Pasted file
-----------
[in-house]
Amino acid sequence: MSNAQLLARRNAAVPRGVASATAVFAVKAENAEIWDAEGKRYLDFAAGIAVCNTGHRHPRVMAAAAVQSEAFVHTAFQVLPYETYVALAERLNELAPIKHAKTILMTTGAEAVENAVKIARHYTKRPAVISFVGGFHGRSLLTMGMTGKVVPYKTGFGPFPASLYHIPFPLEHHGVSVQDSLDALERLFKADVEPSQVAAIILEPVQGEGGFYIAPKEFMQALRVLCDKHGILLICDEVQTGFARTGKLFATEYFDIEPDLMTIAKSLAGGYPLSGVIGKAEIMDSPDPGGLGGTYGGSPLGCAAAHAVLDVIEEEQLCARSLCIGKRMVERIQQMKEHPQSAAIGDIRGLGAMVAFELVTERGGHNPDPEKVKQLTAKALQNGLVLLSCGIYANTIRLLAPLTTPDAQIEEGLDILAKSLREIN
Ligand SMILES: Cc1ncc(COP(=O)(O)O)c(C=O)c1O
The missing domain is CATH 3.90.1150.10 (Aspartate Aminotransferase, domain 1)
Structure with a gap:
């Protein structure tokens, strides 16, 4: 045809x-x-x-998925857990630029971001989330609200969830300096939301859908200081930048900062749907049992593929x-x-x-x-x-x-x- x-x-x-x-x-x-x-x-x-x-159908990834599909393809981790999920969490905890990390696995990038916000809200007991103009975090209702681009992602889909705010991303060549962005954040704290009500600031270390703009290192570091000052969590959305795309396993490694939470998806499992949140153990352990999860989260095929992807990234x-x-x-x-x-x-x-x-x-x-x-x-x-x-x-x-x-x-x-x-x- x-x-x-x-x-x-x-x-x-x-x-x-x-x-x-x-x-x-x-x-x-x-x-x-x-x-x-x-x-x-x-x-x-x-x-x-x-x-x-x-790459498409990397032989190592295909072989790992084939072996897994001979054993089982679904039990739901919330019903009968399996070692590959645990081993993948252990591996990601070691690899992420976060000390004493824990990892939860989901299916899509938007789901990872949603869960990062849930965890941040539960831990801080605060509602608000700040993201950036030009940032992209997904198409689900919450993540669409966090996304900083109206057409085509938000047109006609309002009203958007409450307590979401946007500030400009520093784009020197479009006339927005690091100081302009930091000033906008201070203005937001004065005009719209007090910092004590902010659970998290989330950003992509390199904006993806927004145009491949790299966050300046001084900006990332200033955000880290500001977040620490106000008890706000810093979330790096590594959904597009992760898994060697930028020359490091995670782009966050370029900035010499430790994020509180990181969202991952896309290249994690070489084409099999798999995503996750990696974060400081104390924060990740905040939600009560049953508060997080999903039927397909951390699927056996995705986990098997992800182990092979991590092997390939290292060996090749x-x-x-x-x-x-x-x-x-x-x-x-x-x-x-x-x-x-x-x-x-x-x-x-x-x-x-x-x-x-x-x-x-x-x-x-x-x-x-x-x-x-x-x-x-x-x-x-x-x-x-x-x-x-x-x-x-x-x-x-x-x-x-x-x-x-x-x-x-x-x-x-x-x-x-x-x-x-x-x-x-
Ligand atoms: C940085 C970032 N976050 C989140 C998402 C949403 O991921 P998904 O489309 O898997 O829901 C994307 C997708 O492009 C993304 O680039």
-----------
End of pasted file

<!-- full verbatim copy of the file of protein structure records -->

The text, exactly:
[in-house]
Amino acid sequence: MSNAQLLARRNAAVPRGVASATAVFAVKAENAEIWDAEGKRYLDFAAGIAVCNTGHRHPRVMAAAAVQSEAFVHTAFQVLPYETYVALAERLNELAPIKHAKTILMTTGAEAVENAVKIARHYTKRPAVISFVGGFHGRSLLTMGMTGKVVPYKTGFGPFPASLYHIPFPLEHHGVSVQDSLDALERLFKADVEPSQVAAIILEPVQGEGGFYIAPKEFMQALRVLCDKHGILLICDEVQTGFARTGKLFATEYFDIEPDLMTIAKSLAGGYPLSGVIGKAEIMDSPDPGGLGGTYGGSPLGCAAAHAVLDVIEEEQLCARSLCIGKRMVERIQQMKEHPQSAAIGDIRGLGAMVAFELVTERGGHNPDPEKVKQLTAKALQNGLVLLSCGIYANTIRLLAPLTTPDAQIEEGLDILAKSLREIN
Ligand SMILES: Cc1ncc(COP(=O)(O)O)c(C=O)c1O
The missing domain is CATH 3.90.1150.10 (Aspartate Aminotransferase, domain 1)
Structure with a gap:
């Protein structure tokens, strides 16, 4: 045809x-x-x-998925857990630029971001989330609200969830300096939301859908200081930048900062749907049992593929x-x-x-x-x-x-x- x-x-x-x-x-x-x-x-x-x-159908990834599909393809981790999920969490905890990390696995990038916000809200007991103009975090209702681009992602889909705010991303060549962005954040704290009500600031270390703009290192570091000052969590959305795309396993490694939470998806499992949140153990352990999860989260095929992807990234x-x-x-x-x-x-x-x-x-x-x-x-x-x-x-x-x-x-x-x-x- x-x-x-x-x-x-x-x-x-x-x-x-x-x-x-x-x-x-x-x-x-x-x-x-x-x-x-x-x-x-x-x-x-x-x-x-x-x-x-x-790459498409990397032989190592295909072989790992084939072996897994001979054993089982679904039990739901919330019903009968399996070692590959645990081993993948252990591996990601070691690899992420976060000390004493824990990892939860989901299916899509938007789901990872949603869960990062849930965890941040539960831990801080605060509602608000700040993201950036030009940032992209997904198409689900919450993540669409966090996304900083109206057409085509938000047109006609309002009203958007409450307590979401946007500030400009520093784009020197479009006339927005690091100081302009930091000033906008201070203005937001004065005009719209007090910092004590902010659970998290989330950003992509390199904006993806927004145009491949790299966050300046001084900006990332200033955000880290500001977040620490106000008890706000810093979330790096590594959904597009992760898994060697930028020359490091995670782009966050370029900035010499430790994020509180990181969202991952896309290249994690070489084409099999798999995503996750990696974060400081104390924060990740905040939600009560049953508060997080999903039927397909951390699927056996995705986990098997992800182990092979991590092997390939290292060996090749x-x-x-x-x-x-x-x-x-x-x-x-x-x-x-x-x-x-x-x-x-x-x-x-x-x-x-x-x-x-x-x-x-x-x-x-x-x-x-x-x-x-x-x-x-x-x-x-x-x-x-x-x-x-x-x-x-x-x-x-x-x-x-x-x-x-x-x-x-x-x-x-x-x-x-x-x-x-x-x-x-
Ligand atoms: C940085 C970032 N976050 C989140 C998402 C949403 O991921 P998904 O489309 O898997 O829901 C994307 C997708 O492009 C993304 O680039």